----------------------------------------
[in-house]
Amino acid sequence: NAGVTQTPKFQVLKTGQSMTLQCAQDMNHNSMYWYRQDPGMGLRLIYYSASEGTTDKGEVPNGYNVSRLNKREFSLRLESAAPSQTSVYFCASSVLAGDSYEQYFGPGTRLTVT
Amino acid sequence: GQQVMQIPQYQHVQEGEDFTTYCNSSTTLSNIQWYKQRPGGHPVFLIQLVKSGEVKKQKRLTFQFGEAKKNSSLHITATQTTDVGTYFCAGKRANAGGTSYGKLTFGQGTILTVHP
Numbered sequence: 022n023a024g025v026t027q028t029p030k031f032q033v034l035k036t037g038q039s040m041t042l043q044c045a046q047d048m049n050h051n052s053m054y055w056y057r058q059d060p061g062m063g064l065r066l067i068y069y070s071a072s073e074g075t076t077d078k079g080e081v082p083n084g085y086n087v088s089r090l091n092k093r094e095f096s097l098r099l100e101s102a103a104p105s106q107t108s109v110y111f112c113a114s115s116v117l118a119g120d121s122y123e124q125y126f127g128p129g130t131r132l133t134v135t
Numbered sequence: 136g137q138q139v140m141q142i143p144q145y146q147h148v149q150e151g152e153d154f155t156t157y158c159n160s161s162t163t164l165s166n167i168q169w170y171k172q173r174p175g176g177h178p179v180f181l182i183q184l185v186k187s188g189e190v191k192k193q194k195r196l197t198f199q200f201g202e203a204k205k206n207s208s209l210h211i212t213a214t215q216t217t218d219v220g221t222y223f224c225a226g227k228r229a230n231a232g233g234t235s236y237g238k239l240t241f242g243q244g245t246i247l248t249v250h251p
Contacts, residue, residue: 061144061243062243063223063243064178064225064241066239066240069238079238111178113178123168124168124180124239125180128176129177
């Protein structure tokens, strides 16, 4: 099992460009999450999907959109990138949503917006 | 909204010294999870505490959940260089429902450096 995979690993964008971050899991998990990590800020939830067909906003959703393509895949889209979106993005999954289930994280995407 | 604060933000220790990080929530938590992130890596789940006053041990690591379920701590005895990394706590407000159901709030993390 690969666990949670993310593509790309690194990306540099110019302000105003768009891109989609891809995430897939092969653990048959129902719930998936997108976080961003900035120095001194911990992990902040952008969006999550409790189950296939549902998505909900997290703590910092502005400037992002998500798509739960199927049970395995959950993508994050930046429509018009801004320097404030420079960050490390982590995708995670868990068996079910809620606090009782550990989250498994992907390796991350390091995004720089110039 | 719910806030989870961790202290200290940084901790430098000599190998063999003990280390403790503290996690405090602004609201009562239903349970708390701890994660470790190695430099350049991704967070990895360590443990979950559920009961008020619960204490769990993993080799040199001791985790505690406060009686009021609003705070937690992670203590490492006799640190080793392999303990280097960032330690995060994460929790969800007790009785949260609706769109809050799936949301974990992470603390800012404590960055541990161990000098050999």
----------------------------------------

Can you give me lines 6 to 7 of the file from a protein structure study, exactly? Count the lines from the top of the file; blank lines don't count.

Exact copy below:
Contacts, residue, residue: 061144061243062243063223063243064178064225064241066239066240069238079238111178113178123168124168124180124239125180128176129177
């Protein structure tokens, strides 16, 4: 099992460009999450999907959109990138949503917006 | 909204010294999870505490959940260089429902450096 995979690993964008971050899991998990990590800020939830067909906003959703393509895949889209979106993005999954289930994280995407 | 604060933000220790990080929530938590992130890596789940006053041990690591379920701590005895990394706590407000159901709030993390 690969666990949670993310593509790309690194990306540099110019302000105003768009891109989609891809995430897939092969653990048959129902719930998936997108976080961003900035120095001194911990992990902040952008969006999550409790189950296939549902998505909900997290703590910092502005400037992002998500798509739960199927049970395995959950993508994050930046429509018009801004320097404030420079960050490390982590995708995670868990068996079910809620606090009782550990989250498994992907390796991350390091995004720089110039 | 719910806030989870961790202290200290940084901790430098000599190998063999003990280390403790503290996690405090602004609201009562239903349970708390701890994660470790190695430099350049991704967070990895360590443990979950559920009961008020619960204490769990993993080799040199001791985790505690406060009686009021609003705070937690992670203590490492006799640190080793392999303990280097960032330690995060994460929790969800007790009785949260609706769109809050799936949301974990992470603390800012404590960055541990161990000098050999």